Modifications of nanoporous silver cathode with enhanced performance and thermal stability for low temperature solid oxide fuel cells by additive manufacturing
Date of Issue2018
School of Mechanical and Aerospace Engineering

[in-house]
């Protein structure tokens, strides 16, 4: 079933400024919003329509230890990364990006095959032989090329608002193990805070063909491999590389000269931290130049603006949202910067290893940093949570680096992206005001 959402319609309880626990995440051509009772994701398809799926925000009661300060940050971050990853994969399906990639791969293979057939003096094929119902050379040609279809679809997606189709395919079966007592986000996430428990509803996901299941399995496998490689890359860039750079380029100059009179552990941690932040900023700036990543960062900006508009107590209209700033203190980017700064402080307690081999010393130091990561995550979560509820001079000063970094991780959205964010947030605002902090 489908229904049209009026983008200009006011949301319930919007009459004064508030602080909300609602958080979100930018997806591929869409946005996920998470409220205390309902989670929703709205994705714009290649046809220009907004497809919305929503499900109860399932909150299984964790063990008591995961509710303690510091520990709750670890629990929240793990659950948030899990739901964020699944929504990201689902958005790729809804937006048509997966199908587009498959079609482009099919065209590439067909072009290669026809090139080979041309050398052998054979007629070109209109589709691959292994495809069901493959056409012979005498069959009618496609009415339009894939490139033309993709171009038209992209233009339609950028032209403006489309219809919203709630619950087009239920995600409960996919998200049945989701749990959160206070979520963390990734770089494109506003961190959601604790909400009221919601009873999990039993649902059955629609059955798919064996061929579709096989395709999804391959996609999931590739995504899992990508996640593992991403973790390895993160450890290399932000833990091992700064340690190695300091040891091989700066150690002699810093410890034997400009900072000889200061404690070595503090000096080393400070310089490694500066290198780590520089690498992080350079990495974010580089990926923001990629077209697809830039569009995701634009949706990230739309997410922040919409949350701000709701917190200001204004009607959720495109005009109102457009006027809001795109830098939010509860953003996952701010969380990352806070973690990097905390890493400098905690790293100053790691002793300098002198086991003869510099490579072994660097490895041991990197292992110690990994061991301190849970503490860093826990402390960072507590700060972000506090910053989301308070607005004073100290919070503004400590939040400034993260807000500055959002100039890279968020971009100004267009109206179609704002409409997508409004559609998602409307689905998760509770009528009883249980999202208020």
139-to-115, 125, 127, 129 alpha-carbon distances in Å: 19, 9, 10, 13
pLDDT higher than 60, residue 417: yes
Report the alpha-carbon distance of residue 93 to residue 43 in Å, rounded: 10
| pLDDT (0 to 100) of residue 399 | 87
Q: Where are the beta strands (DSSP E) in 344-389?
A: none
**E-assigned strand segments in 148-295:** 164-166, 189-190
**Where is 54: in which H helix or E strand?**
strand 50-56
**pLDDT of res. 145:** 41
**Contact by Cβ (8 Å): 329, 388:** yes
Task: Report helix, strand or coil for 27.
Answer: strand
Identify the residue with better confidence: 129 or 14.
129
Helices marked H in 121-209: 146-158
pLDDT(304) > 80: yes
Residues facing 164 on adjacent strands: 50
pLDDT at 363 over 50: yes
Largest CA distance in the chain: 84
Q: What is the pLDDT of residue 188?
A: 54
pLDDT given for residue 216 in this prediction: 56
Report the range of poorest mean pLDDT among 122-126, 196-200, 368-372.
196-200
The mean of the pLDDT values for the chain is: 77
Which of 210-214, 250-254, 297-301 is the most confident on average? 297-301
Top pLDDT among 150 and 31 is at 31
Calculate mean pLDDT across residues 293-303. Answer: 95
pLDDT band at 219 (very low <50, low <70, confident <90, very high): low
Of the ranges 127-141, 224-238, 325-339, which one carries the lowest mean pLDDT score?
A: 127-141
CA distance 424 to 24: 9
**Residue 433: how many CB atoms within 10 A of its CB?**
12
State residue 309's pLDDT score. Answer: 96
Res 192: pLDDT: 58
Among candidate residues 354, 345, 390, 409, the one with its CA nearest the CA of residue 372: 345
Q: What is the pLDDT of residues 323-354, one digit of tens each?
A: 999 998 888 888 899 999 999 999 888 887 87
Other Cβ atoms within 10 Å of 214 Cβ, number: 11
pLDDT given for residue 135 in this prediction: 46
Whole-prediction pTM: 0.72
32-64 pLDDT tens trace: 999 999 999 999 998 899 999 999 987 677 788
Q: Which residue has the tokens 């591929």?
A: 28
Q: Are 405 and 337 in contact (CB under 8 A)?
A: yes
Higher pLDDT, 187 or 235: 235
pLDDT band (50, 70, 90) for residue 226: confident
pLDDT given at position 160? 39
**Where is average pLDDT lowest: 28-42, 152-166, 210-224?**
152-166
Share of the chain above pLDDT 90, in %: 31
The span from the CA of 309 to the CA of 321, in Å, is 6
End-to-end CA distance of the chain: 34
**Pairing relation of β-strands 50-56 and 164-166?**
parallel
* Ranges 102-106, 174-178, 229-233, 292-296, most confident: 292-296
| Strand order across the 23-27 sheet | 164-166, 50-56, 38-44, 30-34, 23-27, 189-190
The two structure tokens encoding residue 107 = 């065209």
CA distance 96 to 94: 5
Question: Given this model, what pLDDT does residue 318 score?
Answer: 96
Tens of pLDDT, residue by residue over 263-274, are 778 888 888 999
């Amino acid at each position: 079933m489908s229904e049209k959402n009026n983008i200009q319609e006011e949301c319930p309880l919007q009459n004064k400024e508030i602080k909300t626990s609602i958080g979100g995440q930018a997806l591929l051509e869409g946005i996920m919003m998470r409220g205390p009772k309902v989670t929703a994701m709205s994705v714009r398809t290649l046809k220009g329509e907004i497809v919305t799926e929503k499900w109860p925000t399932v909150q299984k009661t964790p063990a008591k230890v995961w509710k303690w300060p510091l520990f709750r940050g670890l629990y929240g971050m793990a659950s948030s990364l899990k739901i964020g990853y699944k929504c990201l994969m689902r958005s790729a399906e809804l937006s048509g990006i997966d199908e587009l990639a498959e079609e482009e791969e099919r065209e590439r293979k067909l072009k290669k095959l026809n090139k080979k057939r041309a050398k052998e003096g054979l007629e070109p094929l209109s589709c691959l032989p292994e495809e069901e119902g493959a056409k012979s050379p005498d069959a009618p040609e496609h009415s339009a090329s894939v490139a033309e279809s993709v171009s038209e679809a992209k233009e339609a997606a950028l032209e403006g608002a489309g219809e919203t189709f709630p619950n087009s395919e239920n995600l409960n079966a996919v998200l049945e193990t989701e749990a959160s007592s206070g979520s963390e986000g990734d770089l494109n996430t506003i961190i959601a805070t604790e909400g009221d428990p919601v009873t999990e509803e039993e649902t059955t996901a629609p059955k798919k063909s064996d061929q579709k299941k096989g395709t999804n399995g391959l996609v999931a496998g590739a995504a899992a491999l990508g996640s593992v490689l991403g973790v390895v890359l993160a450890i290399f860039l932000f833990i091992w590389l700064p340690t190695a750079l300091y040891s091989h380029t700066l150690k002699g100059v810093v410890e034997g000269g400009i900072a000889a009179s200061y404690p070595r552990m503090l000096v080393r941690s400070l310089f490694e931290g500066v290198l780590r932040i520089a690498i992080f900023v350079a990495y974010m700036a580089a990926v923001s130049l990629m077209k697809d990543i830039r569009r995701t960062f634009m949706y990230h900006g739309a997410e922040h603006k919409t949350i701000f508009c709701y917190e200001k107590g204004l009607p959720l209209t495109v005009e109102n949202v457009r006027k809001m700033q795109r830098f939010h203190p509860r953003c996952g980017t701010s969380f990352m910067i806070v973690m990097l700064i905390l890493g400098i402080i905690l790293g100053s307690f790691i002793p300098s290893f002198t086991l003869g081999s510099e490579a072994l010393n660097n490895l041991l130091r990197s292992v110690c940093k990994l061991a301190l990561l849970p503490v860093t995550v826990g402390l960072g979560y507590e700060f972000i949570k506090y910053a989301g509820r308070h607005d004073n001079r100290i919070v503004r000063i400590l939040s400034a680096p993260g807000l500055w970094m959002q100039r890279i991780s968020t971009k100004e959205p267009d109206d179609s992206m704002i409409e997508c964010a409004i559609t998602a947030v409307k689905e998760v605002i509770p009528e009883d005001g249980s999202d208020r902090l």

Low temperature solid oxide fuel cells (LT-SOFCs) operating at 300 to 500 °C allow extended material selection, reduced manufacturing cost, and wide applications such as portable power source. However, the increased electrode polarization resistance, especially for oxygen reduction reaction at cathode, caused by lowering of the temperature will result in a reduction of overall electrochemical performance. Metallic electrode, such as platinum (Pt) and silver (Ag), provides an alternative choice for LT-SOFCs due to its high electro-catalytic activity and electrical conductivity as compared to the conventional mixed oxide. Nevertheless, the metallic electrode has poor thermal stability due to the agglomeration of the microstructure at elevated temperature, resulting in performance degradation. Therefore, optimizing the microstructure of the metallic electrode and improving its thermal stability are challenges for using metallic electrode in LT-SOFCs. Due to the lack study on oxygen reduction reaction mechanism of Ag cathode for LT-SOFCs, the fundamental study of oxygen reduction reaction, mainly on the diffusion behavior and surface adsorption of oxygen was carried out to understand the rate-limiting step in either surface or bulk diffusion and the contribution of oxygen adsorption/dissociation on Ag cathode at low temperature (300-500 ºC) by electrochemical impedance spectroscopy (EIS) analysis. The preliminary results showed the surface area for dissociative adsorption of oxygen molecules, surface path for atomic oxygen diffusion, and triple phase boundary (TPB) for charge transfer played the important roles in oxygen reduction reaction of Ag cathode at the temperature from 300 to 500 °C. As compared to the bulk path, bulk diffusion of oxygen atoms through Ag is assumed as a rate-limiting step. Therefore, the micro/nanoporous structure of Ag cathode with high TPB at the interface and surface area is considered to be the optimum microstructure. Modifications of Ag cathode were used to improve thermal stability and electrochemical performance. Three different modification methods, including infiltration, nanocomposite, and core-shell structure were developed, studied, and characterized in this dissertation. Ion-conducting samarium-doped ceria (SDC) was selected to modify the nanoporous silver for its high ionic conductivity at low temperatures and relatively lower phase formation temperatures than zirconia-based materials. These three methods effectively and significantly enhanced the thermal stability and electrochemical performance of nanoporous Ag by confining the Ag nanoporous structure and extending TPB. The highest thermal stability and electrochemical performance were obtained from the Ag@SDC core-shell cathode due to the better coverage of SDC on the Ag nanoparticles and more electrochemical reaction sites were provided by SDC shell.